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  • Jul 29, 2014
  • Updated: 4:34am

Riding the gravy train of Asia's top stocks

PUBLISHED : Sunday, 28 June, 2009, 12:00am
UPDATED : Sunday, 28 June, 2009, 12:00am

With sound liquidity and solid balance sheets, the consensus is that Asian companies are recovering fast. If you share that optimism, which countries and what stocks should you be looking at?

Despite dropping off occasionally, Asian markets have seen gains overall. The MSCI Asia Pacific Index has gained 15 per cent, and the index excluding Japan has risen more than 33 per cent so far this year. It is not for nothing that most equity analysts are bullish on the long-term growth of the Asian markets.

For retail investors, the most common way to access the wider Asian stock markets is through funds. MPF funds, for example, offer different types of Asian equities. If funds do not appeal to you, directly buying stocks that offer prospects of strong dividend growth and capital gains could be a good option.

But remember, given the higher trading costs of trading Asian stocks, going for the long haul is always more cost-effective.

So how difficult is it to buy Asian stocks listed on markets outside Hong Kong? Not very, depending on who you are dealing with and what you are angling for. Large securities dealers and brokers in Hong Kong generally provide broking services on Asian shares. Banks such as HSBC also offer such services, but only to HSBC Premier customers. Their fees are likely to be higher than those of securities dealers.

The fees for Asian stocks vary from country to country but they are significantly higher than Hong Kong stocks. Mainland A and B shares are the cheapest - about 20 per cent higher than Hong Kong stocks. Outside China, the Asian stocks most sought after by Hongkongers are those of Singapore, Thailand, Japan and South Korea. But fees are at least twice as much as those for Hong Kong stocks, ranging from 0.4 per cent to 1 per cent of stock prices.

Markets such as India and Vietnam are harder to access, with few brokers offering services for their stocks. For others, depending on regulations in individual countries, there might be additional charges on sell orders, such as stamp duty, tax or government levy. So you must clarify these with the broker before getting into these stocks for a more accurate picture of the actual costs.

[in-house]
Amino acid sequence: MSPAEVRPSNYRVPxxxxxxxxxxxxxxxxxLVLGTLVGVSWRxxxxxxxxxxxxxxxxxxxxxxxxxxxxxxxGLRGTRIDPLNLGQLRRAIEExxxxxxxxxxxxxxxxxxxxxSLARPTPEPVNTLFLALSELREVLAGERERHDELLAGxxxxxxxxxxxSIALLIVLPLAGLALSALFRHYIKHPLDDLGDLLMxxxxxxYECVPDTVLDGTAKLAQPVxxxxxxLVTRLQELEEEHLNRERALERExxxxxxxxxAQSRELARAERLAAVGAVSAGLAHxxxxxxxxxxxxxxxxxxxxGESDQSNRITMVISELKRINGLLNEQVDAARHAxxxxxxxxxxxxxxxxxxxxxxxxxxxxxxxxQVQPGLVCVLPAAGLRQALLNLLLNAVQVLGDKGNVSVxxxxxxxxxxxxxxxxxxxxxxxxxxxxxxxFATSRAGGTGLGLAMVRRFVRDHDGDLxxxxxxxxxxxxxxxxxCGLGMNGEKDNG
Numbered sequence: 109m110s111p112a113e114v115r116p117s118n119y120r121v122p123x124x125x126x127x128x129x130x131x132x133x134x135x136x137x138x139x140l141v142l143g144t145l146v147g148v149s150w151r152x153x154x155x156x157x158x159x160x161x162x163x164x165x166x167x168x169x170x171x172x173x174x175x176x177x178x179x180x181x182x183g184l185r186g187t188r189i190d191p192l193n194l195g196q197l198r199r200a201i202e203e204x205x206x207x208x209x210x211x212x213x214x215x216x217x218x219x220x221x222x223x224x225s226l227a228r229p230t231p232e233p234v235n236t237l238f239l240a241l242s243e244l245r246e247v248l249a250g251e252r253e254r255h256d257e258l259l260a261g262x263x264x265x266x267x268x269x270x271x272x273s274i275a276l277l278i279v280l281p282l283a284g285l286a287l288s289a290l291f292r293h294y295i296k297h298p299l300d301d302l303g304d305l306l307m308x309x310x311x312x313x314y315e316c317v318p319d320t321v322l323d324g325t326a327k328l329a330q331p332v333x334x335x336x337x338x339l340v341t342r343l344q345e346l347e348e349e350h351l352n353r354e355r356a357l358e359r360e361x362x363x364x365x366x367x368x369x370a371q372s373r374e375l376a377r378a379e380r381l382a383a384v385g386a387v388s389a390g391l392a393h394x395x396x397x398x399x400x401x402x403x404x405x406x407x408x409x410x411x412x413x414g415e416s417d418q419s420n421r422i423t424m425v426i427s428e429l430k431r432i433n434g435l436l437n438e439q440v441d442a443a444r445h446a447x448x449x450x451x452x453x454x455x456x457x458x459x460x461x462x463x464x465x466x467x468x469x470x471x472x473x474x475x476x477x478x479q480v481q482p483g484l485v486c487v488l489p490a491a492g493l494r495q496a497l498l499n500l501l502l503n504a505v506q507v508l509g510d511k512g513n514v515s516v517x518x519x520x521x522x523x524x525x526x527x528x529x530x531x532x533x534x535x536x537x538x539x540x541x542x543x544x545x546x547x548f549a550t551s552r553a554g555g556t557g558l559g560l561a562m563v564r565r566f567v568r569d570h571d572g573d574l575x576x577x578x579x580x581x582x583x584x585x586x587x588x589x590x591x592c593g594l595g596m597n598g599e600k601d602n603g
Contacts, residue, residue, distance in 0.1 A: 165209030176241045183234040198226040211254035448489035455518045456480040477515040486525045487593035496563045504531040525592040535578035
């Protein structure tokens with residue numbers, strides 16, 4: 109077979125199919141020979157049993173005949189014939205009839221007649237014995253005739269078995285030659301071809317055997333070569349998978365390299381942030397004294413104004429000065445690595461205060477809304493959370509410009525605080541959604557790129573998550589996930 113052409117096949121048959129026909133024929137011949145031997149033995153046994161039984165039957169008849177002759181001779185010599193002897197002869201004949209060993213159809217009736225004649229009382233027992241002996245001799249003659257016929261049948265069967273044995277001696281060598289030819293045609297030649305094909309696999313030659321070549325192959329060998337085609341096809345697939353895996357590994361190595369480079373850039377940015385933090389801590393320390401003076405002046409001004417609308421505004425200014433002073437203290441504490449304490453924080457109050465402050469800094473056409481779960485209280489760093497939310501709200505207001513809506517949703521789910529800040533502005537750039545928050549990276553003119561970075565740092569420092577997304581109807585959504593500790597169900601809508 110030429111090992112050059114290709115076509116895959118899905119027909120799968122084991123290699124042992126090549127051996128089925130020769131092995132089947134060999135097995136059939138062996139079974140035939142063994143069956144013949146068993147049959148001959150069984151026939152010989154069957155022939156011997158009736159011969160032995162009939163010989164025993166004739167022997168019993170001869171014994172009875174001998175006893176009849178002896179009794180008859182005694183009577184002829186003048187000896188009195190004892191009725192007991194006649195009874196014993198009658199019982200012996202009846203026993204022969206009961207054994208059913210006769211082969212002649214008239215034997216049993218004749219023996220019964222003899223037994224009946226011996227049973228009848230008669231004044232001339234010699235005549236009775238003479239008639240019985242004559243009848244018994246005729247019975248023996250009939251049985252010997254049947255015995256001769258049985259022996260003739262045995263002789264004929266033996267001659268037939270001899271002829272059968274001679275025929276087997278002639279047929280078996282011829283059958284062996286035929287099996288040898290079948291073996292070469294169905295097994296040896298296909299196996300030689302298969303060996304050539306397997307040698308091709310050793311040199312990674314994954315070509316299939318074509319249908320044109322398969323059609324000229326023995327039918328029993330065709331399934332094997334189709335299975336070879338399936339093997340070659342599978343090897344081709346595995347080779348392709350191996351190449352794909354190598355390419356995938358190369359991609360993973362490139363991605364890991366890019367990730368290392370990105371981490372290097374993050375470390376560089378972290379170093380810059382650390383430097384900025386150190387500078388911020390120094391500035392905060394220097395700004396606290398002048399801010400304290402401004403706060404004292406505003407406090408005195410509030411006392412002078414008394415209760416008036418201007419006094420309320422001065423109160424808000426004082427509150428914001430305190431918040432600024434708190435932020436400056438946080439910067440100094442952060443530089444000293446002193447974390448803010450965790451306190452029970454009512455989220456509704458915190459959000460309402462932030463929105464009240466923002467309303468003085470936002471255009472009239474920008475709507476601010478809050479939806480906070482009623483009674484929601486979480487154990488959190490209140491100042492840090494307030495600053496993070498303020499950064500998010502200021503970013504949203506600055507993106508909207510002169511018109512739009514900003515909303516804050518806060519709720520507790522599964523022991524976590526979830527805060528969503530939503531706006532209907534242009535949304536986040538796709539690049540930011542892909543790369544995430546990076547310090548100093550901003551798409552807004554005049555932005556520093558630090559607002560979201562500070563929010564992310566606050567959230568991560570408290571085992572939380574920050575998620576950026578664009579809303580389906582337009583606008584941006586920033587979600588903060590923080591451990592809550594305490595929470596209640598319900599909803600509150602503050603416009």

HSBC Premier offers execution and brokerage services to customers but offers no advice. Securities dealers provide updated data but investors have to do their own research. Private banks, however, offer stock recommendations and advice along with execution services and even provide access to difficult markets. The average entry point for private banks varies from bank to bank but in general investors need to have at least US$1 million in liquid assets.

Apart from Hong Kong stocks, the top 10 holdings in monthly reports of fund managers consistently include large-cap companies listed in South Korea, Taiwan and Singapore although some of these shares can be expensive. Less conservative investors should also take a look at the Asian mid-caps, which, some fund managers say, offer better value with a lower point of entry.

Singapore's banks have performed unexpectedly well in the first quarter of this year, making them a favourite with fund managers. RBS has a 'buy' rating on all three Singaporean banks - DBS, United Overseas Bank (UOB) and OCBC.

RBS analyst Trevor Kalcic has raised UOB's target price from S$11 (HK$58.62) to S$17. This is because the bank's net profit in the first quarter of this year beat RBS' forecast by 29.5 per cent. Mr Kalcic said the positive surprise came from UOB's strong net interest margin and excellent cost control. He expects the bank's earnings for the rest of the year to grow.

Mr Kalcic has also raised OCBC Bank's target price from S$7 to S$8. The bank's net profit in the first quarter beat forecasts by 53.2 per cent. In a report the analyst says the performance of Singaporean banks would be strong enough to offset any nasty surprises in asset quality. Like OCBC, DBS' first-quarter performance beat Mr Kalcic's forecast. He has set the bank's target price at S$14.